?

Log in

No account? Create an account

Closure

« previous entry | next entry »
Sep. 28th, 2010 | 06:51 pm
music: Paert: Passio

This weekend my partner spotted a memorial page to the therapist I worked with from September 2004 to March 2005. I left his practice on bad terms, as he had taken on my troubled friend as a client and it seemed he was playing us off of one another. Ultimately, the experience brought a friendship that was already in trouble to its probably inevitably painful conclusion. In a sort of Plutonian way, that might have been part of the purpose of the therapy as such.

In any event, this therapist is someone I would see occasionally out shopping in town, at my partner's church, or at social occasions related to my partner's church. After my therapy ended, he never acknowledged my presence in these situations, even when I would initiate a greeting. I considered that bad manners, and also wondered if he were so self-rejecting about the evident failure of my therapy with him that he simply couldn't step out of that role and face me as an adult who happened to know me in a professional context.

I had lots of anger and lots of hatred toward him actually (which, again, might have been a significant part of the therapy as such). I felt somewhat hurt at his unwillingness to acknowledge me after the therapy, but mainly experienced frustration that whatever he was evidently holding onto trumped the social skills I had learned growing up, of which I have sometimes (justifiably other otherwise) been somewhat proud. I have learned, in the past few years especially, that some people are so messed up that there is just no reaching them.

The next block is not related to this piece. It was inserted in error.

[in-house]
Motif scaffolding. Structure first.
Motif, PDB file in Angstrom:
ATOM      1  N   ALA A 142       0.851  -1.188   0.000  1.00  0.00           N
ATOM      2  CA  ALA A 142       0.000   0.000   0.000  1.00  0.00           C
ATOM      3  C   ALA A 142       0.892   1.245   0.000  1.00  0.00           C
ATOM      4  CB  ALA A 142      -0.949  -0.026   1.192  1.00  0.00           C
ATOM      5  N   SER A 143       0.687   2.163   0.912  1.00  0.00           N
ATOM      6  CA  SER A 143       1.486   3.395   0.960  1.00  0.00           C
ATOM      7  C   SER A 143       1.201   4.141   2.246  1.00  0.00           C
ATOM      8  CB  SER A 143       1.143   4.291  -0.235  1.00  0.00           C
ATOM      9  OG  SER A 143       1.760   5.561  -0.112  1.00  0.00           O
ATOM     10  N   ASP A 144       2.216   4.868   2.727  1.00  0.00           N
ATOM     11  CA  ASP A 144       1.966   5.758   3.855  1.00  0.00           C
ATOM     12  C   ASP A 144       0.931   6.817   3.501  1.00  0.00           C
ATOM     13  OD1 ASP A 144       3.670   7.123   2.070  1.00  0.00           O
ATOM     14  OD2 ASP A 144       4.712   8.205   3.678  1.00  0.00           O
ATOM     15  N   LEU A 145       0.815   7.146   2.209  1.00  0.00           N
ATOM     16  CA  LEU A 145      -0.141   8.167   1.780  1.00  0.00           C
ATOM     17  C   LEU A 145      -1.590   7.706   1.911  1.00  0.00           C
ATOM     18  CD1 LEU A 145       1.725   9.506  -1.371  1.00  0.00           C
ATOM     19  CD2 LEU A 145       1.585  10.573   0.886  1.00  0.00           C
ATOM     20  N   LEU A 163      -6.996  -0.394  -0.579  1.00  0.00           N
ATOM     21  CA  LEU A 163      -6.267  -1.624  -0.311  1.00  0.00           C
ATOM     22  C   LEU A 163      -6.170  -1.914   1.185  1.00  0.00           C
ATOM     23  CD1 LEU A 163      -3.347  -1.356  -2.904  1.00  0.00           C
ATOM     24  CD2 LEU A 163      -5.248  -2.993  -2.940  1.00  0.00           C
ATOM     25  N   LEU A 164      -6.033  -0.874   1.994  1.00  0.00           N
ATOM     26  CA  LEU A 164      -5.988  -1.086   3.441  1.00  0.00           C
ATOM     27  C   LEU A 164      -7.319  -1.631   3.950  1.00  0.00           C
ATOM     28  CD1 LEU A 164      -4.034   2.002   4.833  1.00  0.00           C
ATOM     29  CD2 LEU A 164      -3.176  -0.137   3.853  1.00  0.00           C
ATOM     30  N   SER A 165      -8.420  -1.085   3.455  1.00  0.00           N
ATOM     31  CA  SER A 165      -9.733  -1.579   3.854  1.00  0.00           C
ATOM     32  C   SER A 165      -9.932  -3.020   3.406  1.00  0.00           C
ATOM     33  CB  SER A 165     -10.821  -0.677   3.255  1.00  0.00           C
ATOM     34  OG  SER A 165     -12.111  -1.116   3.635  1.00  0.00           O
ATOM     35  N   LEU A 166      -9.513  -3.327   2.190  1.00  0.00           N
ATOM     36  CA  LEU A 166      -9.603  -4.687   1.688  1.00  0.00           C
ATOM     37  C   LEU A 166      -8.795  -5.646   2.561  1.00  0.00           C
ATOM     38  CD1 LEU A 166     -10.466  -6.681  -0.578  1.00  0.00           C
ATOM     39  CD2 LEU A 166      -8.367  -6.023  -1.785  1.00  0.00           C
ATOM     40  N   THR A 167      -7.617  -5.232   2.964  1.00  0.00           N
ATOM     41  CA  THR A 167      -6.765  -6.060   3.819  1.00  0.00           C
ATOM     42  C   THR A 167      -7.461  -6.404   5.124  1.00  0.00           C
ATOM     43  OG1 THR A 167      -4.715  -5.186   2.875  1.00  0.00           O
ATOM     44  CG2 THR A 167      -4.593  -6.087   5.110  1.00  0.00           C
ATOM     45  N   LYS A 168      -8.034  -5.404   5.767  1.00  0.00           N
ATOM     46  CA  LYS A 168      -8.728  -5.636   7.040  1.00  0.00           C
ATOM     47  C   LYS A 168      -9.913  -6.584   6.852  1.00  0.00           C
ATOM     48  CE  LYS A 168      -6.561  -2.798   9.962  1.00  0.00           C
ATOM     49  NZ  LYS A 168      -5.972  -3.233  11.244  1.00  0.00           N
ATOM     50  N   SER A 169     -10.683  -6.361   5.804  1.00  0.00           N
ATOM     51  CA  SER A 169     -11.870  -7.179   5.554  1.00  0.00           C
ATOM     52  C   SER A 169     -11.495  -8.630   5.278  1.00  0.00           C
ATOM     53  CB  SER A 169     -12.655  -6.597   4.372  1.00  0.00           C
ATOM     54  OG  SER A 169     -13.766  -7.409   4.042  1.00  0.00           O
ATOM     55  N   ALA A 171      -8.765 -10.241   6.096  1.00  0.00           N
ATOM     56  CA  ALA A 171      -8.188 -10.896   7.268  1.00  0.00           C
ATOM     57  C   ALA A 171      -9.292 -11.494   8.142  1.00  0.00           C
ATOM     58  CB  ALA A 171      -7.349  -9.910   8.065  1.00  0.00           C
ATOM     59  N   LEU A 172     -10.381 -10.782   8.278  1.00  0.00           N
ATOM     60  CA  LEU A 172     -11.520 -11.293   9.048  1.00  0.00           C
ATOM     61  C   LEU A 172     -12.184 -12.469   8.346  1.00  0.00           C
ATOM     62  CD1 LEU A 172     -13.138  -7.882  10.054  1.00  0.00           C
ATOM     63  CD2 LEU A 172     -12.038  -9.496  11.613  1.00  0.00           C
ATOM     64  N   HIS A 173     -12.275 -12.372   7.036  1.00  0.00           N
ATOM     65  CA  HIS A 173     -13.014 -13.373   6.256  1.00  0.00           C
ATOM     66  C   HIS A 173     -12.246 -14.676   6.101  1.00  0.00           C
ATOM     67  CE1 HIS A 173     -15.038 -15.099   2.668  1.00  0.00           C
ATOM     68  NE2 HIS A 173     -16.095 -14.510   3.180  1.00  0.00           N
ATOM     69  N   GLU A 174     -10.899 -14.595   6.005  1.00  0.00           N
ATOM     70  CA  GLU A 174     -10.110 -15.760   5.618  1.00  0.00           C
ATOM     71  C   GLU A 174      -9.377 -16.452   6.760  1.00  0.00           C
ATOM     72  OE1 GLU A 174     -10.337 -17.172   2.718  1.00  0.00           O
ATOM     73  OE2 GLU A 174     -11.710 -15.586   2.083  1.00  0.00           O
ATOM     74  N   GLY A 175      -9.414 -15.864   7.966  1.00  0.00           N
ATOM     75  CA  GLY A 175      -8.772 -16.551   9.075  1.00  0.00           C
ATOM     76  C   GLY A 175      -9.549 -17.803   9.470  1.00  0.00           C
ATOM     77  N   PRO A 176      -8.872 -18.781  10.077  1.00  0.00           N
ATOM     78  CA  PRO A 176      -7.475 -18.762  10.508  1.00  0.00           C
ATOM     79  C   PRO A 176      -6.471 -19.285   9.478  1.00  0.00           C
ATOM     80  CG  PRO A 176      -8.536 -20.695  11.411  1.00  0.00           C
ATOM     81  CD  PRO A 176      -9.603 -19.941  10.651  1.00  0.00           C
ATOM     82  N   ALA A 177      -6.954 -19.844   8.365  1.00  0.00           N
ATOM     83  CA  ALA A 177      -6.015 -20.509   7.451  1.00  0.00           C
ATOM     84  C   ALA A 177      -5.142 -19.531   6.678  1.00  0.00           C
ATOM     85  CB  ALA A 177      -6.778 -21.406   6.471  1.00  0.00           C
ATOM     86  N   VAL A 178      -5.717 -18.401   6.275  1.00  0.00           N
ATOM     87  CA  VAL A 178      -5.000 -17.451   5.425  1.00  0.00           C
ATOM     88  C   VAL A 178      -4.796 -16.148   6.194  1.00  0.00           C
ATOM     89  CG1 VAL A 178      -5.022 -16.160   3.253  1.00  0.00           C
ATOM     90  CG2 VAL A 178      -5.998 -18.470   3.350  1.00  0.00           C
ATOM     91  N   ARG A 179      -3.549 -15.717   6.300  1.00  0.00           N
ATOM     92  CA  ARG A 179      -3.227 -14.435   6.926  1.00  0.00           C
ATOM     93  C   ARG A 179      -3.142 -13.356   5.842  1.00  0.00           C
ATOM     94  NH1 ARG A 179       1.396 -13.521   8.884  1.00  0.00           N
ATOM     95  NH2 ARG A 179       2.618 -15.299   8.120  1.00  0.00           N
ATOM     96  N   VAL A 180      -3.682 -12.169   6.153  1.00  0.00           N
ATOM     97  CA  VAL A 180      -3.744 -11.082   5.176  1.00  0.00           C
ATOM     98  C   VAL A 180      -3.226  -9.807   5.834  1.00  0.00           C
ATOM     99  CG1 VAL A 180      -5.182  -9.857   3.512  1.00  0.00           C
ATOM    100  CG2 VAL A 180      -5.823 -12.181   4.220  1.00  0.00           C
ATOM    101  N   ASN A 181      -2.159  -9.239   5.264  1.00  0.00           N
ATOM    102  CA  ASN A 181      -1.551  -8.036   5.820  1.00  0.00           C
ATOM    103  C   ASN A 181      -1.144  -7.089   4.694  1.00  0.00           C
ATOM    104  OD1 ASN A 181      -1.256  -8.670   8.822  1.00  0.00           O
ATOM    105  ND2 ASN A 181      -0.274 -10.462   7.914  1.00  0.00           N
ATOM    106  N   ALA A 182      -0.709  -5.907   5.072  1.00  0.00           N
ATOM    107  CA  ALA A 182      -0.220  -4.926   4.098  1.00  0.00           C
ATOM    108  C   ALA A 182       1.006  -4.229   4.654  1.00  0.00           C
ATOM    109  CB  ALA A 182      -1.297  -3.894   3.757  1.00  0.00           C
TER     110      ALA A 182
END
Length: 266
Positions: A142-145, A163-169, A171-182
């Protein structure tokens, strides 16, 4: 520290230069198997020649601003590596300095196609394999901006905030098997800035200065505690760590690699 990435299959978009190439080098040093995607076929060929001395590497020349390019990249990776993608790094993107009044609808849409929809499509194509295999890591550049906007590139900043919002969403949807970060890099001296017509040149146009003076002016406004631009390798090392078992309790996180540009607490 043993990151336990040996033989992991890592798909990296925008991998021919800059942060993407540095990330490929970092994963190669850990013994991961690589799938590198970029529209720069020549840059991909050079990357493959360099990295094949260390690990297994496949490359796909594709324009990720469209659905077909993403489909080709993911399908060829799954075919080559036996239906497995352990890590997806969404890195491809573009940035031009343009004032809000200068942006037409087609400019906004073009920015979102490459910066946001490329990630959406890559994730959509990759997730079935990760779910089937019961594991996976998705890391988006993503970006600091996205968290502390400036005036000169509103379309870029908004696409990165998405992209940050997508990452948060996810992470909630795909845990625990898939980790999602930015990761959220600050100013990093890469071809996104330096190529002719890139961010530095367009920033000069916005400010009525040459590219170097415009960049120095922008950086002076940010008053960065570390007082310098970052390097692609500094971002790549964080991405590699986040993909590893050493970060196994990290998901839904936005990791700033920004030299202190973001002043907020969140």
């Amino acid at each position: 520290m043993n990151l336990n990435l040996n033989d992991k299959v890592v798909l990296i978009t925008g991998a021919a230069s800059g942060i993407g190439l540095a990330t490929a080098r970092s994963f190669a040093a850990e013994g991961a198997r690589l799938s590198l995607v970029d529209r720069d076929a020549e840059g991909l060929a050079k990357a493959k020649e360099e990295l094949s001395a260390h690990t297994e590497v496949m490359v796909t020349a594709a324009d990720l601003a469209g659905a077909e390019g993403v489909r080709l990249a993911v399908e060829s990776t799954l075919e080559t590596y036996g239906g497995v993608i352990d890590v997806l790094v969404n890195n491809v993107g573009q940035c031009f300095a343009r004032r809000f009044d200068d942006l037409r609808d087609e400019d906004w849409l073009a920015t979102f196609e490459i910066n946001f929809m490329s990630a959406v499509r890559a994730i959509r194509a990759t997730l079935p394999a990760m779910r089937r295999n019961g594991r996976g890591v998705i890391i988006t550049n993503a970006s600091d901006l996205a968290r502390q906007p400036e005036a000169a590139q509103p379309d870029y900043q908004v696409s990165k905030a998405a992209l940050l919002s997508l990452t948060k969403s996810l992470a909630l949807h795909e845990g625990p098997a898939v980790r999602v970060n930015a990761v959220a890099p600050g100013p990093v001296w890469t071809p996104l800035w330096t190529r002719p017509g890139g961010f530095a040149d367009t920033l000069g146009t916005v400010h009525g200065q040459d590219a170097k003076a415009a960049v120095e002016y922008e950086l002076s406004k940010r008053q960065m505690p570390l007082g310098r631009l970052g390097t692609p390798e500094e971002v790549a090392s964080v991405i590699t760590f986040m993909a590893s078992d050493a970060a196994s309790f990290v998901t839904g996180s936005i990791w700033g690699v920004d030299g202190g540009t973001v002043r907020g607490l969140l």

In any event, he had cancer and he died. He was 68. There were people who regarded him as a down-to-earth if somewhat gruff person who was not afraid to be confrontational at times. He was no New Age Pollyanna, and there were times when I appreciated that about him. I also learned that he had been a priest and his wife had been a nun. They married about 15 years ago, when they both would have been in their 50s. Evidently they had no children. Given the limitations that obtain when people spend that much time tied to the Catholic Church, he was no match for my spiritual-seeking self in terms of immediate, vivid spiritual experience. But, I guess, somewhat reluctantly, I can grant that his role in the Church may have had some meaning for some people, even if not for me so much.

So, there we are. An unresolved therapeutic relationship that ended rather badly, and a friendship connected with it that is also still unresolved. Eventually we all will die, ready or not, "resolved" or not. And so it is.

Om Kreem Kalyai Namaha,

vk

Link | Leave a comment | Share

Comments {0}